4-3-2-1 or 4-2-2-2

By Soren Schamberg

With changes in management at Manchester United from Oligunnar Solskær to Ralf Rangnick, questions are abound regarding how things will be done differently. Initially, United took the field in what looked like a 4-3-2-1, but after the fist few moments of play, this formation was altered to a narrow 4-2-2-2.

As it turns out, Crystal Palace may have been able to cause problems for the United side if they had opted to mark man to man and press the defensive midfield, but they did not take this approach for the majority of the game, giving United the ability to let the wingbacks get involved in the build up play.

United’s build up options were presented by playing the ball out wide through the wing backs and down the channels to Rashford or Ronaldo who were looming in the half space. Rashford and Ronaldo’s presence against the Palace back line also presented the possibility of a ball being played over the Palace back line into the space behind.

A third option that was presenting was specifically with Sancho making runs in from the wide positions and pulling Palace defenders into the center of the pitch with him to create large amounts of space where he was coming from, allowing Rashford or Ronaldo to make diagonal runs and stretch the Palace back line.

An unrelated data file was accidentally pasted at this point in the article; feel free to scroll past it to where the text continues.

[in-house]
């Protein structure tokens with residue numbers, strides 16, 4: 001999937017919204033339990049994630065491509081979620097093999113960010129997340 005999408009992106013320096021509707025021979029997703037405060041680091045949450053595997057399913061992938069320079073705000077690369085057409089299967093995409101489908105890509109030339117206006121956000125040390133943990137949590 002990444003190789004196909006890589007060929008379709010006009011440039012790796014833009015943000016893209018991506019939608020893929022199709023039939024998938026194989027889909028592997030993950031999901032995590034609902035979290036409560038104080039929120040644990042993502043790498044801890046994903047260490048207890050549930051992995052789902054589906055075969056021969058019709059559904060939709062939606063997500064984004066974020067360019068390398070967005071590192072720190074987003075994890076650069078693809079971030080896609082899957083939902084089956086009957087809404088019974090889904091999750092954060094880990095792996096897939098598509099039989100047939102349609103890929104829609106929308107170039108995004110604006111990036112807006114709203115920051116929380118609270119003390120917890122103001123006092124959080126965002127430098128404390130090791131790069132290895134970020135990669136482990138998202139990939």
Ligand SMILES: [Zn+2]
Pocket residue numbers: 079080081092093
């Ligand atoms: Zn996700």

This was particularly exploited on the left, overloads being achieved when McGuire would advance in the attack and give Telles more time to receive the ball.

Defensively, United kept Sancho and Fernandez central with the flow of play, which given a turnover, would allow the United players to collapse and recover the ball quickly. It was also Sancho and Fernandez who would deter Palace from using their own pivots in the middle of the field to get out of their half.

This made it more difficult for Palace to play out of the back and easier for United to keep continuous pressure on Palace.

Though it was a single goal that gave United the win, it was a good showing tactically for the beginning of a system of play that will be built on.

By Soren Schamberg

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